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Total Likes: 1
Original Post (Thread Starter)
by koan58
Hi folks,
Just thought I'd throw this out to provoke opinionated discussion.

Once I'd passed my test in 1975 I wanted a Bonneville. Not being able to afford the hire purchase and fully comp insurance, I had to moderate my ambition. Thus, I opted for a Bonnie engine in a Featherbed frame, which was about half the price of any Bonnie, at that time. So I could get it cash, and thus only needed third party insurance. This was affordable, with a little help from Dad, and disapproval from Mum.

It was probably the worst use of £300 ever, it was a bag of sh*t. But coming from a little Honda, it was a fabulous learning curve, and eventually became a half-decent machine, at which point it was stolen (never recovered).

By this time I had come to appreciate the blend of performance and handling of a Triton, so even though I was now out of uni and earning (and could afford a Bonnie) I chose to make another Triton, in 1979/80.

It started off fairly "standard issue" with Wideline frame, pre-unit alternator 6T motor with all the Bonnie cams and head, typical big manx tank and duck arse seat, swept-back pipes etc.

As time went by, I got to hate the swept back pipes as they got in the way of simple things like clutch and timing adjustment. I also found the decorative hump on the back of the seat to be a literal "pain in the ar*e" for a passenger.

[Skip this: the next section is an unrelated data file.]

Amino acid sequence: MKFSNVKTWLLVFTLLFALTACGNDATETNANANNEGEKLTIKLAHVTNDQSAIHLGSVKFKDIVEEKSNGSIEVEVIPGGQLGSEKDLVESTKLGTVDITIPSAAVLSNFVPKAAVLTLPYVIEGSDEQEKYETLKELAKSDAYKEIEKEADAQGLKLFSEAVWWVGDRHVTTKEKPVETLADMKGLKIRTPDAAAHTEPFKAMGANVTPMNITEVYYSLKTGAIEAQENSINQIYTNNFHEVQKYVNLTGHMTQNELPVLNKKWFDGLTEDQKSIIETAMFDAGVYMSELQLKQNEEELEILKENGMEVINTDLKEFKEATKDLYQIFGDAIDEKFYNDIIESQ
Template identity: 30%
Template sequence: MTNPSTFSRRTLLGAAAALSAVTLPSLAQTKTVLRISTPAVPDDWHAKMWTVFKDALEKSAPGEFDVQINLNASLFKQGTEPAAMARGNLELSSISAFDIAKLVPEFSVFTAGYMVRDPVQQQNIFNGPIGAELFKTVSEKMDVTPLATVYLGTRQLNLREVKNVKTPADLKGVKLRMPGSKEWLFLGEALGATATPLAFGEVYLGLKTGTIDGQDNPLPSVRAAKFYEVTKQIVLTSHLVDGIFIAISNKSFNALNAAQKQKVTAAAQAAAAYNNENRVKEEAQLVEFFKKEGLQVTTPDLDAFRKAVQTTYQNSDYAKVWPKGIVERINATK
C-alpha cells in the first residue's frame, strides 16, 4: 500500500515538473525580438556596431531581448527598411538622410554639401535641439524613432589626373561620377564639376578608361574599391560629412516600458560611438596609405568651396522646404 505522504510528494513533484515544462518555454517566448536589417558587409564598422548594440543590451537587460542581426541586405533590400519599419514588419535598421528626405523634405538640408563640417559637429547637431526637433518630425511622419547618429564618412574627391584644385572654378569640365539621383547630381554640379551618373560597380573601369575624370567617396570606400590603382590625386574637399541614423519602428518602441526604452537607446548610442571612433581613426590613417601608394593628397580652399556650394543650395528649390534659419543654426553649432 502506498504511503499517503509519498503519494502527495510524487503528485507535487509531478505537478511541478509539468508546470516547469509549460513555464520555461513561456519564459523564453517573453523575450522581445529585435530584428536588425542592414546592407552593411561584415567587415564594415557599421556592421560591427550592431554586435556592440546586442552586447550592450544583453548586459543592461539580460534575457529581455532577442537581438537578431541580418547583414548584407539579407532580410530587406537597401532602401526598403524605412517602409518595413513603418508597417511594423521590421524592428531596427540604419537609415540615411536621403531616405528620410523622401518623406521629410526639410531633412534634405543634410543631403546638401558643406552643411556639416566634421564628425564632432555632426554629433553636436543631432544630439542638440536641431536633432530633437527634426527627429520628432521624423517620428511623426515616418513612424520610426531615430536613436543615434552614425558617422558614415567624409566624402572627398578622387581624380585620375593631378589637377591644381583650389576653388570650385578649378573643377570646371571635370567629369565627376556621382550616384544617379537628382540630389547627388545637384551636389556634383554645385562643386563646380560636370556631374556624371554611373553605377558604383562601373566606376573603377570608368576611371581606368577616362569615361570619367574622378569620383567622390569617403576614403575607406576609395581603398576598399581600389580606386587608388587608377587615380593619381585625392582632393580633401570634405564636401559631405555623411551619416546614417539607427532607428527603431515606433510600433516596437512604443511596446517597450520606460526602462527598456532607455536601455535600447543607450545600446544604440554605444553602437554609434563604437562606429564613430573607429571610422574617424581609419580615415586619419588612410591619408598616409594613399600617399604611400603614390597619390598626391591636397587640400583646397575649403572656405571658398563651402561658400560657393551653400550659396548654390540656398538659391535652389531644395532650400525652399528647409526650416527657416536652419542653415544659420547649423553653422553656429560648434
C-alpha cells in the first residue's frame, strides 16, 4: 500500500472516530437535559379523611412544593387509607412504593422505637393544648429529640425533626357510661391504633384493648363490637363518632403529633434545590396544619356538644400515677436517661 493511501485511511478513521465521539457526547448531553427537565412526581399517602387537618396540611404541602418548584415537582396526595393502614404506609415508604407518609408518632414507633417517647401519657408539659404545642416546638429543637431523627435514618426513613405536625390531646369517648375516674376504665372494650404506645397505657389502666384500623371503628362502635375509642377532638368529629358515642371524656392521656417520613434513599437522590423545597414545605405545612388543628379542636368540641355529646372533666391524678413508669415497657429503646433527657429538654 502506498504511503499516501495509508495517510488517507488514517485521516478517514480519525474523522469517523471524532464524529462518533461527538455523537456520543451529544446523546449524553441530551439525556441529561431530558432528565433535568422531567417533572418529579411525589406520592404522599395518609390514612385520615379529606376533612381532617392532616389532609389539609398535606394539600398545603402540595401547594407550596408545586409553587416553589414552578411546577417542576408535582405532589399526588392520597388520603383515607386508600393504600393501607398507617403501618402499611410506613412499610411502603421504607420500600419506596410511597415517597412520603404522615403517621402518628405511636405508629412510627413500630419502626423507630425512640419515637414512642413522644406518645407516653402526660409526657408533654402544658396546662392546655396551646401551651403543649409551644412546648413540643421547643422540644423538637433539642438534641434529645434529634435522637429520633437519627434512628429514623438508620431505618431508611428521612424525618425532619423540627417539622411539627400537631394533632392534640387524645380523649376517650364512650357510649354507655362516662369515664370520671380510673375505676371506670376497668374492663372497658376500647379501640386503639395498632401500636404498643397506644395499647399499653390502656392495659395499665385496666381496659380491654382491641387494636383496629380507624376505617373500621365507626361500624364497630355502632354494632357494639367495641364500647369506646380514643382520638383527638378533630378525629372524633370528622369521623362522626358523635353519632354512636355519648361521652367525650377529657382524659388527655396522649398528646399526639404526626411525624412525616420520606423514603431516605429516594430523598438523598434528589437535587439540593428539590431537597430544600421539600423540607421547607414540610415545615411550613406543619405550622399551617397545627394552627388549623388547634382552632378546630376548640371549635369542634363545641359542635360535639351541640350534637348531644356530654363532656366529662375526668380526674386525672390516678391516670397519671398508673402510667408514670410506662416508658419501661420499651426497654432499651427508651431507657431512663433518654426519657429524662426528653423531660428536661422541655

So, over 35+ years, the bike evolved into a more practical, usable and reliable machine. It's spec is quite different from the "Tritons" you see most of the time these days.
Most seem to attempt to evoke something that was never there in the first place, this template of Manx tank and seat for example, is a modern construction. Perhaps the most illustrious Tritons are those of Dresda in 1965.
Of course nothing would have been done for style in that situation.

I've been involved in several Triton builds over the years, mainly in an electrical capacity. I also take a keen interest in any other builds that are posted.
The one thing that strikes me, is that most peeps go for a very standard arrangement. A small Manx tank (why) a little humped seat (why) the same boring old exhausts (why).

Why is there a standard appearance for a Triton? As a Triton lover, I find it tedious. The whole concept was individuality, yet we are now in the land of "off the shelf" Tritons.

I wonder what you think?
Liked Replies
by Mark Parker
Mark Parker
They look good with high pipes.
1 member likes this
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